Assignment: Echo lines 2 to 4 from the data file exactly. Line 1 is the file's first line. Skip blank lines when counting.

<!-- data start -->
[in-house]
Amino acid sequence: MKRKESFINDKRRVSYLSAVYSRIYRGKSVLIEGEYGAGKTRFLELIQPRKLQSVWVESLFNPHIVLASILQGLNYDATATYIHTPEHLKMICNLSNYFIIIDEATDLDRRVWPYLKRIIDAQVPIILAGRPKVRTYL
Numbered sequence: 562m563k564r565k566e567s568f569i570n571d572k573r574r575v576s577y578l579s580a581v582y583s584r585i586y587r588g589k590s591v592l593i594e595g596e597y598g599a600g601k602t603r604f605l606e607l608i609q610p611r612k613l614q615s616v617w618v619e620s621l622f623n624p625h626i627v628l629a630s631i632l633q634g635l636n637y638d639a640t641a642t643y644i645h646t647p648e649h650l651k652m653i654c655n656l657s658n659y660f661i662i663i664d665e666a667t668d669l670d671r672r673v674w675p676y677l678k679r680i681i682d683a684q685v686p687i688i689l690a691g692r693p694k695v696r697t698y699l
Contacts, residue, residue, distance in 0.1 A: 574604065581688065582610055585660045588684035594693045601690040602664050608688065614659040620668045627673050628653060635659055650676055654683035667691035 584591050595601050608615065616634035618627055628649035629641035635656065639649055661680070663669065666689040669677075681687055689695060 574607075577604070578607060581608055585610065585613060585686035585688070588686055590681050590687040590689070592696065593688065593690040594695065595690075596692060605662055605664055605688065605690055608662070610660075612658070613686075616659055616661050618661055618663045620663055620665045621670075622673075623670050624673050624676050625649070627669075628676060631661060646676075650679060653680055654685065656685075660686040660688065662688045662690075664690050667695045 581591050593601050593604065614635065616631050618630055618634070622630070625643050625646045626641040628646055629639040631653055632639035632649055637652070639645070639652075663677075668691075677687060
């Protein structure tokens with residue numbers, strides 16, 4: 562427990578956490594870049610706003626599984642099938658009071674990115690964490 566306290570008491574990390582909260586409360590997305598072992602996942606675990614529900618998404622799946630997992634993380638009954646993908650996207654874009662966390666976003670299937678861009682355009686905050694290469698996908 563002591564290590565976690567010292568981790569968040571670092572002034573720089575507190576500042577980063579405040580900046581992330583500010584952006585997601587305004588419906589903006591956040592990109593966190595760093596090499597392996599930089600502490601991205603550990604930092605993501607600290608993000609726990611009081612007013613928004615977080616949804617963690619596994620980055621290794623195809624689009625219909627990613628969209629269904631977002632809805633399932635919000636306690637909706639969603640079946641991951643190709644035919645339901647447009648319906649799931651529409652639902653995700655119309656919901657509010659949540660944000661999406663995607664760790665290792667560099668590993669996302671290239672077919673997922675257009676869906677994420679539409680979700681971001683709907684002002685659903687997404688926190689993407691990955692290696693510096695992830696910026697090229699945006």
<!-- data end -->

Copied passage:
Amino acid sequence: MKRKESFINDKRRVSYLSAVYSRIYRGKSVLIEGEYGAGKTRFLELIQPRKLQSVWVESLFNPHIVLASILQGLNYDATATYIHTPEHLKMICNLSNYFIIIDEATDLDRRVWPYLKRIIDAQVPIILAGRPKVRTYL
Numbered sequence: 562m563k564r565k566e567s568f569i570n571d572k573r574r575v576s577y578l579s580a581v582y583s584r585i586y587r588g589k590s591v592l593i594e595g596e597y598g599a600g601k602t603r604f605l606e607l608i609q610p611r612k613l614q615s616v617w618v619e620s621l622f623n624p625h626i627v628l629a630s631i632l633q634g635l636n637y638d639a640t641a642t643y644i645h646t647p648e649h650l651k652m653i654c655n656l657s658n659y660f661i662i663i664d665e666a667t668d669l670d671r672r673v674w675p676y677l678k679r680i681i682d683a684q685v686p687i688i689l690a691g692r693p694k695v696r697t698y699l
Contacts, residue, residue, distance in 0.1 A: 574604065581688065582610055585660045588684035594693045601690040602664050608688065614659040620668045627673050628653060635659055650676055654683035667691035 584591050595601050608615065616634035618627055628649035629641035635656065639649055661680070663669065666689040669677075681687055689695060 574607075577604070578607060581608055585610065585613060585686035585688070588686055590681050590687040590689070592696065593688065593690040594695065595690075596692060605662055605664055605688065605690055608662070610660075612658070613686075616659055616661050618661055618663045620663055620665045621670075622673075623670050624673050624676050625649070627669075628676060631661060646676075650679060653680055654685065656685075660686040660688065662688045662690075664690050667695045 581591050593601050593604065614635065616631050618630055618634070622630070625643050625646045626641040628646055629639040631653055632639035632649055637652070639645070639652075663677075668691075677687060